The uncomfortable sprint to the finish was worth it. Major League Soccer has granted FC Cincinnati admission into North America’s top tier of professional soccer next season, meaning the franchise will not have to jockey with Nashville and Miami (each slated to join MLS in 2020) for players in an expansion draft or for the No. 1 overall selection in the next MLS SuperDraft.
Depending on how the 2019 MLS schedule shakes out, the likes of visiting world soccer stars Zlatan Ibrahimovic, Wayne Rooney, and David Villa could get their first taste of Skyline chili, Graeter’s ice cream, and Rhinegeist beer while FC Cincinnati fans see them in person for the first time. That’s a once-in-a-lifetime opportunity local soccer fans will never forget and could not have fathomed as recently as three years ago.
FC Cincinnati’s rise to stardom has offered no paucity of striking moments, with the constant attendance records, international matches against Premier League and La Liga squads, and last season’s run to the U.S. Open Cup semifinals sitting atop the highlight reel. Save for its stadium shadiness, the club has drawn widespread acclaim for its on- and off-the-field showings. The world’s game now has a major league franchise in Cincinnati; not even the Coen brothers could have penned this weird of a script.
Still, can FC Cincinnati now surprise us again by preserving its incandescent soul and following up on its various pledges to the city? Among the lingering questions…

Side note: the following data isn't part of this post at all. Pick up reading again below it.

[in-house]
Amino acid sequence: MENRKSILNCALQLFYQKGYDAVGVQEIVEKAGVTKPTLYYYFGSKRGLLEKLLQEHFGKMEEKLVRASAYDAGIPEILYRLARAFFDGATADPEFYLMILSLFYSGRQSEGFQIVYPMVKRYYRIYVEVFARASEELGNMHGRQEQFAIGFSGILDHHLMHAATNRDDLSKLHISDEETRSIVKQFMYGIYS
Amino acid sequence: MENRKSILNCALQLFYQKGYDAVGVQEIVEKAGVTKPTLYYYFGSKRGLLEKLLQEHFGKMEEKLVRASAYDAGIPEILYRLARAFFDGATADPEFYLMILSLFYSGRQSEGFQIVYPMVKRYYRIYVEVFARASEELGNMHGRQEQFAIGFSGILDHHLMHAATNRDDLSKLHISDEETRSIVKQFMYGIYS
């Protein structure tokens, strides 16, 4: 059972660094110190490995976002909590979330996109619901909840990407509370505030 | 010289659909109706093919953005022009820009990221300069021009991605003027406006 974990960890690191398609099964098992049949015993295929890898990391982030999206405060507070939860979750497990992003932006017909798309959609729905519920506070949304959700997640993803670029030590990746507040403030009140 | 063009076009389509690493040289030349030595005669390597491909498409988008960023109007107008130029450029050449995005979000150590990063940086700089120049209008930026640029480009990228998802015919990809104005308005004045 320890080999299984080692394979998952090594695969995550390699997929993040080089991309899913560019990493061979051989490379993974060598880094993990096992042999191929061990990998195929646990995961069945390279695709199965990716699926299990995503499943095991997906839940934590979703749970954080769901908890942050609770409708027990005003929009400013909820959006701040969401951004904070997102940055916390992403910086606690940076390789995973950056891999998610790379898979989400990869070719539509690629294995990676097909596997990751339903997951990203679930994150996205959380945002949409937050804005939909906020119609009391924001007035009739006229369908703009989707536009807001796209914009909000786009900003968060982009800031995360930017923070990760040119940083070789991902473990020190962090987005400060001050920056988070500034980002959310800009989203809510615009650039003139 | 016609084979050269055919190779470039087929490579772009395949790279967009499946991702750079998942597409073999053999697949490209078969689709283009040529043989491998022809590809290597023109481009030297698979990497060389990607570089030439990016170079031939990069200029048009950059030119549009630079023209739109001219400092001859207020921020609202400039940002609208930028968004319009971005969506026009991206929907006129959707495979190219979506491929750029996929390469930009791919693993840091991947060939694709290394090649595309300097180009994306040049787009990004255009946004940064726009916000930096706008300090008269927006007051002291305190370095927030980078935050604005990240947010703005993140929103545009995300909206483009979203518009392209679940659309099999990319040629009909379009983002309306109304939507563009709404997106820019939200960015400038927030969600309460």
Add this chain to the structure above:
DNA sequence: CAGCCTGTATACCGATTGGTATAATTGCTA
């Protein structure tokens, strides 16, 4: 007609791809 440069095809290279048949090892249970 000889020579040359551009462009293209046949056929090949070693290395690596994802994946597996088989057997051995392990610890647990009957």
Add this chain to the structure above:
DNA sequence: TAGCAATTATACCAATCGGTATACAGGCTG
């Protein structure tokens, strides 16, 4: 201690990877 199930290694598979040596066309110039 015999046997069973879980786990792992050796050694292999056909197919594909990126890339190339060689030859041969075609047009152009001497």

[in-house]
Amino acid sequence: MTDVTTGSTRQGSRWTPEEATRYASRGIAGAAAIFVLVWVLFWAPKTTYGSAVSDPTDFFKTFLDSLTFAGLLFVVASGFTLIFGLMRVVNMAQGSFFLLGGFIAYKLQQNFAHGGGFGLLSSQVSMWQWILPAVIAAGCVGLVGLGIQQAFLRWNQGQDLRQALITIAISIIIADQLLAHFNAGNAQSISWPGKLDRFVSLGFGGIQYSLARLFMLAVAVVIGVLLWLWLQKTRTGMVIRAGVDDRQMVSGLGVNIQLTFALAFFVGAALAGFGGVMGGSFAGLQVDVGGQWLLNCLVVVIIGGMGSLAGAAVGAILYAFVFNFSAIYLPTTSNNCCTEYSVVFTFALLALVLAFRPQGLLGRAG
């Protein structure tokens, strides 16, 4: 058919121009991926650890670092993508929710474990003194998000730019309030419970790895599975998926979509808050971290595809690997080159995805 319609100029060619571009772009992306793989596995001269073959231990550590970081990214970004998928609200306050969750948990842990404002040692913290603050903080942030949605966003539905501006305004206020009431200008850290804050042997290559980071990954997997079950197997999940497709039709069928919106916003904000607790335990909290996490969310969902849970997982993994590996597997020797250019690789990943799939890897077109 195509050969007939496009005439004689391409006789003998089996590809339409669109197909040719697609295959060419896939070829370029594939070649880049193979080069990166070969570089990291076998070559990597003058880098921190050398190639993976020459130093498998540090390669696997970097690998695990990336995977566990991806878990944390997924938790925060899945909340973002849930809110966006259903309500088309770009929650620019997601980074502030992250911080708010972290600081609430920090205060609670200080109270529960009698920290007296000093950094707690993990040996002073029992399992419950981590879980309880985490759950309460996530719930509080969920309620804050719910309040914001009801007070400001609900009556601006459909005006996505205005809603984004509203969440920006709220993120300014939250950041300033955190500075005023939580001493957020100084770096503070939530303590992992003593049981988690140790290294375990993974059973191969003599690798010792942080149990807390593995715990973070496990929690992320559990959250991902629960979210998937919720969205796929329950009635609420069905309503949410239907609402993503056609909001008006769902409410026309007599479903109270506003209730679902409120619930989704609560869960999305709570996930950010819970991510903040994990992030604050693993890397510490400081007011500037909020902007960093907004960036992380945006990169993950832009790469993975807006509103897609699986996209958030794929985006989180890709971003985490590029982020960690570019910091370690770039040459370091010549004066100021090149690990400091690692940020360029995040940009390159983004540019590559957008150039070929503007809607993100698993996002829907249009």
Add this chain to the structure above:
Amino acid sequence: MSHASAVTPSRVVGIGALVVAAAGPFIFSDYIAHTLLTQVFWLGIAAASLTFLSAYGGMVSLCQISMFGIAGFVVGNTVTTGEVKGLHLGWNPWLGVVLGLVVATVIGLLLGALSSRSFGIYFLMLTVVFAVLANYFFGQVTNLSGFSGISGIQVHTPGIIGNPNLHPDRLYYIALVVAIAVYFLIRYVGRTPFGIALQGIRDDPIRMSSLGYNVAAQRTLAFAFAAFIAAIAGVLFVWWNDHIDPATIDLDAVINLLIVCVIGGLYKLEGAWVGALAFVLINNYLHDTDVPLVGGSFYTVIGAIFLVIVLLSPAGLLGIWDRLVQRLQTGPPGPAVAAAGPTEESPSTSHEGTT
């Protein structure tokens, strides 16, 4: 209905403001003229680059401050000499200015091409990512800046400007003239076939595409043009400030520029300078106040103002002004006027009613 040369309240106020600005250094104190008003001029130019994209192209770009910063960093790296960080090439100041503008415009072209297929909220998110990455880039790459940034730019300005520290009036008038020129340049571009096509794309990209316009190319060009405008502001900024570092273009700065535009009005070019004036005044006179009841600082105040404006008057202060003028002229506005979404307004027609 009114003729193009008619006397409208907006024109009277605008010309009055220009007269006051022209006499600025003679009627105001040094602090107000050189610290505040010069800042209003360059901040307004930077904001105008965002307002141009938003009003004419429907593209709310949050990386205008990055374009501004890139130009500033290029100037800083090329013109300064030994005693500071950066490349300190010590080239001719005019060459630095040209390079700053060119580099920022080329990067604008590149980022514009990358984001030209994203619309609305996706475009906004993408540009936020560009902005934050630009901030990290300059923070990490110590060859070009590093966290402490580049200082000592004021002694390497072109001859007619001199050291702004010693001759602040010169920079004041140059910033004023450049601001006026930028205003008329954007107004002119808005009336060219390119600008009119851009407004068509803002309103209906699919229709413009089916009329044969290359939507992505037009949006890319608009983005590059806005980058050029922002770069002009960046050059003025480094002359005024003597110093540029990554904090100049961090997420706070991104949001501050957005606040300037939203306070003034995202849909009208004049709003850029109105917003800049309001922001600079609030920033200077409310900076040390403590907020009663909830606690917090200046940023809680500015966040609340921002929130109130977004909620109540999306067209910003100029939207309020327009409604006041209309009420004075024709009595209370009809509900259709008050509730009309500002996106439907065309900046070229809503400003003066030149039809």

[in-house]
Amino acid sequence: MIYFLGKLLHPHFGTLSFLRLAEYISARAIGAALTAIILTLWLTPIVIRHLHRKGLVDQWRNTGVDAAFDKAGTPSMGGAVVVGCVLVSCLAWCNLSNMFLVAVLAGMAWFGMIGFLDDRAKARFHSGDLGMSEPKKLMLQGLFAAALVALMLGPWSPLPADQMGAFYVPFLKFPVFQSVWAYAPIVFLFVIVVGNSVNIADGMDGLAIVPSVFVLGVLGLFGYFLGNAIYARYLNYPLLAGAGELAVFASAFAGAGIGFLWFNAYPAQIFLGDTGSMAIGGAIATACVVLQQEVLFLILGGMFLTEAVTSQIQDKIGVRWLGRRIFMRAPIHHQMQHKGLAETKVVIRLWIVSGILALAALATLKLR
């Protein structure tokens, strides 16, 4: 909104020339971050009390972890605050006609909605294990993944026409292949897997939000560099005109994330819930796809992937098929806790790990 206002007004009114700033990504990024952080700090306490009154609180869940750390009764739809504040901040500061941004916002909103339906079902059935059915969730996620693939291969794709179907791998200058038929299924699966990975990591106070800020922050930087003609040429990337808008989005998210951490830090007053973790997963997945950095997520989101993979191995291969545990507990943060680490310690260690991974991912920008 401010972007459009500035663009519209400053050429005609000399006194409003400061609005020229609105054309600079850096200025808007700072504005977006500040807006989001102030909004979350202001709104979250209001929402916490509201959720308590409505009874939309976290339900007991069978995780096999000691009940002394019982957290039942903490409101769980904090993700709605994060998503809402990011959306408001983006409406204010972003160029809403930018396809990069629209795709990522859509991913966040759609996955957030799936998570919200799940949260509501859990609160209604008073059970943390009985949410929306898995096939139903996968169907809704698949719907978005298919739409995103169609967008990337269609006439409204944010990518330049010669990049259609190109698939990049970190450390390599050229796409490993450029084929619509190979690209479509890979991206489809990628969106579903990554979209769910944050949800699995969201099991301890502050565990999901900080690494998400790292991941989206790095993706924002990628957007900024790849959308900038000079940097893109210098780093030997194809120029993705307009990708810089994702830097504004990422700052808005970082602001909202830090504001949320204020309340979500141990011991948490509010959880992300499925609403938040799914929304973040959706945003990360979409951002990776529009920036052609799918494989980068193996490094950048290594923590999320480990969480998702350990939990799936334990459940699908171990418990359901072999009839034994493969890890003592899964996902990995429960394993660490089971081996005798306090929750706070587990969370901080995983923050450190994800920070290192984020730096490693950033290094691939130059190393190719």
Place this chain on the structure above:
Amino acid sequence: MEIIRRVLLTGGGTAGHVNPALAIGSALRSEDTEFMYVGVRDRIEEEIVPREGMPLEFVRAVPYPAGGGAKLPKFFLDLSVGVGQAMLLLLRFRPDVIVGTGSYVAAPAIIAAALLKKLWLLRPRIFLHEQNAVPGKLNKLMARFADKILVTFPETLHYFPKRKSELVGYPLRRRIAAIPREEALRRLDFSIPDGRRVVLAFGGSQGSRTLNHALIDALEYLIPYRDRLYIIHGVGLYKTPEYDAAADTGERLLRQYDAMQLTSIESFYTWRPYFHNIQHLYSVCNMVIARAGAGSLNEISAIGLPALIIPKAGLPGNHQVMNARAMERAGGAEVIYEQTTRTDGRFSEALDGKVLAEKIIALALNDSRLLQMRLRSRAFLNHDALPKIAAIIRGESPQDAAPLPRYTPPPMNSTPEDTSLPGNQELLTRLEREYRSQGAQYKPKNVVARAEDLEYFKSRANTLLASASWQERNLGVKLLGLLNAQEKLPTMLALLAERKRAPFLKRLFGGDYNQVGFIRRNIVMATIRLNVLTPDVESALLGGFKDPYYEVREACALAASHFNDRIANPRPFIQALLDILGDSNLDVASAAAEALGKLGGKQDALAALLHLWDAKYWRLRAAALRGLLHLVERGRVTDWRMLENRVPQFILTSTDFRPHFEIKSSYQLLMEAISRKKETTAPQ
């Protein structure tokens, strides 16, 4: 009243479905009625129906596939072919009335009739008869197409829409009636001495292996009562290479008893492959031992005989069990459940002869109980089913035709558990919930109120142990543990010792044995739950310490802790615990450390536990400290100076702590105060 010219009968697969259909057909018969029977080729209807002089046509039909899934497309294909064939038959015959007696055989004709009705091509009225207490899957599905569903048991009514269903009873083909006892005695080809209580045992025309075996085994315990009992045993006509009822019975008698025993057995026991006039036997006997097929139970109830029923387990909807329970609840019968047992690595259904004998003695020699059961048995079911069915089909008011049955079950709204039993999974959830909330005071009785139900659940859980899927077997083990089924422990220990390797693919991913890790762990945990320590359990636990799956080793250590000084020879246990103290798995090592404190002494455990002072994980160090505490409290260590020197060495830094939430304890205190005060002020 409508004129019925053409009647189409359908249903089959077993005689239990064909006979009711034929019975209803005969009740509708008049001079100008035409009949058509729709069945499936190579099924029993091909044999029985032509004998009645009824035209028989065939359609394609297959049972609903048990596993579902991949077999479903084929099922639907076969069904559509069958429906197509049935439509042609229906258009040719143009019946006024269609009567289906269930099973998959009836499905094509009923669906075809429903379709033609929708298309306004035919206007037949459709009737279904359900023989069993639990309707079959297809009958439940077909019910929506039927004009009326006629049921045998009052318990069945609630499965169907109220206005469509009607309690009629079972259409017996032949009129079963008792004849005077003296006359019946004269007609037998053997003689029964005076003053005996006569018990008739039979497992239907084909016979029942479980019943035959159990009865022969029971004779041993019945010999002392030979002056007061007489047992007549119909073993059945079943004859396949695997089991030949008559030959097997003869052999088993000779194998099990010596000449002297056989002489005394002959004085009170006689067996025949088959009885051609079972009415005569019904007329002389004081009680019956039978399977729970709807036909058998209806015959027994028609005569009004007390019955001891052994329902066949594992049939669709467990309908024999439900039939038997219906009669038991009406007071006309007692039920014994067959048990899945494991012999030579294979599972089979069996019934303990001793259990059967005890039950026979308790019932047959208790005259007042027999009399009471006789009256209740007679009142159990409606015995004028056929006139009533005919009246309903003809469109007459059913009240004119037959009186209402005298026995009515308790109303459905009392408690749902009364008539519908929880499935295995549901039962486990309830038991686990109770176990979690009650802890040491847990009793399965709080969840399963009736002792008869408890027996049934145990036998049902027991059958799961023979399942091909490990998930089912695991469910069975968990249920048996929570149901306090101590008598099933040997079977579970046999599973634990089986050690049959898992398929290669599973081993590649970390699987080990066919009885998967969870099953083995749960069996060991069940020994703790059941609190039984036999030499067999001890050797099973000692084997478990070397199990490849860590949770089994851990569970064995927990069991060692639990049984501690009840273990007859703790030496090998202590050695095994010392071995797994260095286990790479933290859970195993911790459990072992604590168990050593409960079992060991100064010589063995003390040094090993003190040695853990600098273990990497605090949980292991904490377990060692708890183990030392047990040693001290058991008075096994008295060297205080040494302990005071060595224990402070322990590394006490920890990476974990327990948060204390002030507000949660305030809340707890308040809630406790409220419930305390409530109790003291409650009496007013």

Ticket prices will inevitably rise, but will Carl Lindner III resist the urge to outprice those young professionals and suburban families who regularly fill Nippert Stadium’s bleachers?
Can head coach Alan Koch, technical director Luke Sassano, and president/general manager Jeff Berding reshape the roster for the rigors of MLS? Time is not on their side, and this trio must also focus on the present United Soccer League campaign, where FC Cincinnati (6-2-3) sits second in the Eastern Conference.
Will FC Cincinnati be able to fulfill its promise to the West End? Formerly Over-the-Rhine’s forgotten neighbor, the West End now enters a complicated relationship that places a great deal of its future in the hands of a fledgling soccer club.
FC Cincinnati’s savvy, deep pockets, and organizational acumen—plus a little luck—have carried it this far. But while MLS Commissioner Don Garber appeared genuinely happy and moved by FC Cincinnati’s collective hold on the city and rise to MLS during his public remarks, his praise was also met with expectation-raising.
“They’re MLS ready. They’ve operated a club with capacity crowds, with a great brand, with a real focus on performance and excellence on and off the field, getting into the community, dealing with philanthropy the right way,” Garber told The Cincinnati Enquirer. “And that shouldn’t be lost on anybody. They’ve done a lot of things right and we’re very, very confident they’ll continue operating that way.”
And as for the forthcoming stadium, Garber compared the West End site to two footballing cathedrals whose inhabitants are Real Madrid and Liverpool, European giants that recently squared off in the Champions League final.
“We fought hard over the last six months … to get a stadium site that is unprecedented,” Gaber said per Sports Illustrated. “This could be (Santiago) Bernabéu. This could be Anfield. You have a stadium that’s going to be built in a great, great part of the community.”
So, again, a hearty congrats to FC Cincinnati. What an accomplishment. Now, don’t screw it up. The eyes of Cincinnati and the soccer world are upon you.